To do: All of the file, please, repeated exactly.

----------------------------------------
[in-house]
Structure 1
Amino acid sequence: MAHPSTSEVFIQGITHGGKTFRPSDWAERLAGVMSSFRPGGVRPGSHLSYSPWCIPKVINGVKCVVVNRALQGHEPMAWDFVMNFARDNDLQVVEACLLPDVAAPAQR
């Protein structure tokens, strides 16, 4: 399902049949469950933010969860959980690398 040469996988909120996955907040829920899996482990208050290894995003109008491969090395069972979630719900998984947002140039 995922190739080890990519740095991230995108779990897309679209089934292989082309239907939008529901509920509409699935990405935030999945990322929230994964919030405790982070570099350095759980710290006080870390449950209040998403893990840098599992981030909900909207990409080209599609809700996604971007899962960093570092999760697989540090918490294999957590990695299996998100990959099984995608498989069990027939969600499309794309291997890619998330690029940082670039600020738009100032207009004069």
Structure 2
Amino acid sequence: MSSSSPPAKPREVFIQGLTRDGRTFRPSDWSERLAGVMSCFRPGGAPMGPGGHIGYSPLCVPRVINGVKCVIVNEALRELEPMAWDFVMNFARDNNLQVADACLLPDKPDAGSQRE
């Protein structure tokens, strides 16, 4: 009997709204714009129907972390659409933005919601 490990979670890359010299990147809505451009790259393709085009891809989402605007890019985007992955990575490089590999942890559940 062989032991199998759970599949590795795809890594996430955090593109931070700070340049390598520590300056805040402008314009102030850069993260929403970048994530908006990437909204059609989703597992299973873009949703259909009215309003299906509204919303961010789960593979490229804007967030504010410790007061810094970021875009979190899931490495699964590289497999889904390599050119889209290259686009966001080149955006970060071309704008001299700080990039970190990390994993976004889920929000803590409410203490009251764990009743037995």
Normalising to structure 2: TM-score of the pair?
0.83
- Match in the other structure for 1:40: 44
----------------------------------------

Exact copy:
[in-house]
Structure 1
Amino acid sequence: MAHPSTSEVFIQGITHGGKTFRPSDWAERLAGVMSSFRPGGVRPGSHLSYSPWCIPKVINGVKCVVVNRALQGHEPMAWDFVMNFARDNDLQVVEACLLPDVAAPAQR
């Protein structure tokens, strides 16, 4: 399902049949469950933010969860959980690398 040469996988909120996955907040829920899996482990208050290894995003109008491969090395069972979630719900998984947002140039 995922190739080890990519740095991230995108779990897309679209089934292989082309239907939008529901509920509409699935990405935030999945990322929230994964919030405790982070570099350095759980710290006080870390449950209040998403893990840098599992981030909900909207990409080209599609809700996604971007899962960093570092999760697989540090918490294999957590990695299996998100990959099984995608498989069990027939969600499309794309291997890619998330690029940082670039600020738009100032207009004069």
Structure 2
Amino acid sequence: MSSSSPPAKPREVFIQGLTRDGRTFRPSDWSERLAGVMSCFRPGGAPMGPGGHIGYSPLCVPRVINGVKCVIVNEALRELEPMAWDFVMNFARDNNLQVADACLLPDKPDAGSQRE
């Protein structure tokens, strides 16, 4: 009997709204714009129907972390659409933005919601 490990979670890359010299990147809505451009790259393709085009891809989402605007890019985007992955990575490089590999942890559940 062989032991199998759970599949590795795809890594996430955090593109931070700070340049390598520590300056805040402008314009102030850069993260929403970048994530908006990437909204059609989703597992299973873009949703259909009215309003299906509204919303961010789960593979490229804007967030504010410790007061810094970021875009979190899931490495699964590289497999889904390599050119889209290259686009966001080149955006970060071309704008001299700080990039970190990390994993976004889920929000803590409410203490009251764990009743037995």
Normalising to structure 2: TM-score of the pair?
0.83
- Match in the other structure for 1:40: 44